Tuesday, January 1, 2013

Woe is I, The Grammarphobe’s Guide to Better English in Plain English, by Patricia T. O’Conner (1996)

If you’re like me and love the English language, particularly the written word and its impact and power to persuade and beguile and move the reader, then you might enjoy certain facets of this book. I can’t find much to recommend it, though. The chapter titles – Plurals Before Swine, Comma Sutra, and Death Sentence – are better than the chapters themselves, which are too cursory for my tastes. But if you’re intimidated by the rules of sentence structure, if you associate English professors with the grammar Gestapo or ruler-wielding nuns eager to rap your knuckles when your tenses are wrong or your noun and verb don’t agree, the subtitle says it all: this book is for those frightened by word rules. O’Conner offers a Grammar Guidelines for Dummies kind of approach with mild humor and friendly advice and none of the intimidating jargon normally associated with the subject.

If, however, you’re a grammarphile – if you like to play name-that-gerund at parties, can conjugate verbs in your sleep, and enjoy uttering interjections just for the hell of it – then you’ll probably label this an entertaining romp through English grammar but not particularly helpful. Better to get The Elements Of Style, by William Strunk Jr. & E.B. White, or the grammar Bible I still refer to (part of a series put out by Cliffs Notes Inc. geared toward students) called Writing: Grammar, Usage, and Style by Jean Eggenschwiler. Unlike O’Conner’s Woe is I, Eggenschwiler's book isn't the least bit amusing. But it’s exhaustive and highly reference worthy.

Funny thing about grammarians, while they recognize the need to adhere to standards, they acknowledge these standards change and even welcome this change, within reason. They know some words go from priceless to pretentious in a lifetime, that some phrases begin exciting and innovative and grow facile and clichéd in a few scant decades. We grammarphiles aren’t curmudgeons about language, clinging to dusty verbiage while denouncing new colloquialisms. We rejoice over a fresh turn of phrase, an innovative use of a word. But we condemn or resist (depending on our devotion to the rules) certain abuses or corruptions. In fact, ‘grammarphobes’ and ‘grammarphiles’ are prime examples of good uses of familiar words combined to form and express fresh ideas. But lines are still drawn.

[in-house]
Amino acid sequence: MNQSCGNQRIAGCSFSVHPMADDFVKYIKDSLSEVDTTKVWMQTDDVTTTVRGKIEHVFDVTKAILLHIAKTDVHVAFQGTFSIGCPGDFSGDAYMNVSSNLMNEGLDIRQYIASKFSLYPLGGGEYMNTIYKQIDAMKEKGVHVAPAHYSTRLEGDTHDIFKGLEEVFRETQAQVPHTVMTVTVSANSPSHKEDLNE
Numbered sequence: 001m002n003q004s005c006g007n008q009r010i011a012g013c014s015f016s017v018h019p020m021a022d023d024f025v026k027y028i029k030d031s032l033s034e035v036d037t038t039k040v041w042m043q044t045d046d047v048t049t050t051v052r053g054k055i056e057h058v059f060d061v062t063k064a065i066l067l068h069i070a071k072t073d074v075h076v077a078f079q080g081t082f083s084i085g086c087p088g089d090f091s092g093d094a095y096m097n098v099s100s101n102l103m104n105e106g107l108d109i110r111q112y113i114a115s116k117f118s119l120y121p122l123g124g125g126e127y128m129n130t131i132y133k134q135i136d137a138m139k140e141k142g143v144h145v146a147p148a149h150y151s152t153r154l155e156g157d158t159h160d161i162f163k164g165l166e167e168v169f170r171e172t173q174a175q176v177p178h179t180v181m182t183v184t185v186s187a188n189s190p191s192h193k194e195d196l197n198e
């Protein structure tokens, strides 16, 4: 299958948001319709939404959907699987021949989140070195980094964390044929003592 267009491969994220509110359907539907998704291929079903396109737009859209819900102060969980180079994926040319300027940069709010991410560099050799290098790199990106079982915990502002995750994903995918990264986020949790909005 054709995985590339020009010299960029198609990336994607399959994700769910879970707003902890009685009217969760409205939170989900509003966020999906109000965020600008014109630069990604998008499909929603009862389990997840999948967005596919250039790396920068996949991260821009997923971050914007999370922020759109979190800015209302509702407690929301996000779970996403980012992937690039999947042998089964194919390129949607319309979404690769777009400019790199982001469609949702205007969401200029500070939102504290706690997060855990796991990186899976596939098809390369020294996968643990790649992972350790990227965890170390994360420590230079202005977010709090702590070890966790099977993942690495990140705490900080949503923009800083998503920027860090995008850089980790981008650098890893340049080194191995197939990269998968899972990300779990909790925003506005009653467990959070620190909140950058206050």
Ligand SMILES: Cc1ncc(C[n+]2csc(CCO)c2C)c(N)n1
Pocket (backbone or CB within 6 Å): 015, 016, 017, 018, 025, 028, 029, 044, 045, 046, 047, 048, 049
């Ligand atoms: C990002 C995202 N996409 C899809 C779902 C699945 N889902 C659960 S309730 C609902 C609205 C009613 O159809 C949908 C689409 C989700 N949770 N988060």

Regrettably, some of my favorite words – perhaps, Slinky, bidet, callow, Hula Hoop, fornicate – now linger only in novels and novelty shops. I have to remind myself that English is a dynamic and evolving language. I’m not old enough to remember when ‘mad’ meant ‘insane’ but I do remember when ‘cool’ denoted either temperature or a calm head and wasn’t yet an interjection. To witness the wearing down of cherished, stalwart words, to watch them (and hear them) lose their relevance and usage, is bittersweet, like seeing off your child as he reaches adulthood and leaves the home for college or marriage or whatever. Regardless the reason, it’s still hard to say goodbye.

I can hear the collective sigh of legions of grammarians as they begrudgingly capitulate to the influx of verbal curiosities, knowing today’s annoyances will become tomorrow’s entry into the official lexicon. I, too, still catch myself rolling my eyes when someone says he’s nauseous when he really means he’s nauseated. Or when someone uses the term less to describe individual things that make a group. I grew up in the south where cain’t and ain’t are commonplace and wool isn’t just a sheep’s coat. It’s a substitute for the interjection well as in “Wool, there were literally less people there than I expected.” No, there were fewer people there, and drinking at that party didn’t make you nauseous. It nauseated you. You were nauseated. To say you’re nauseous is to say you’re disgusting rather than disgusted or repulsive rather than repulsed. Someone should figuratively take the word ‘literally’ out back and shoot it between the eyes, by the way, and bury it six feet under some inconspicuous topsoil. There, it can RIP beside worn out clichés and possessives posing as contractions and vice versa.  

O’Conner acknowledges in her Introduction that grammar is an “ever evolving set of rules for using words in ways that we can all agree on” and that “the laws of grammar come and go”. Yet even she occasionally bemoans the misuse of words and decries the corrupting influence ignorance and indifference has on the English language. One might argue the grammarian’s rules are arbitrary. Maybe our restless language is the mustang that can’t be tamed, remaining beautiful only because it roams freely, requiring just enough law to preserve its habitat.  

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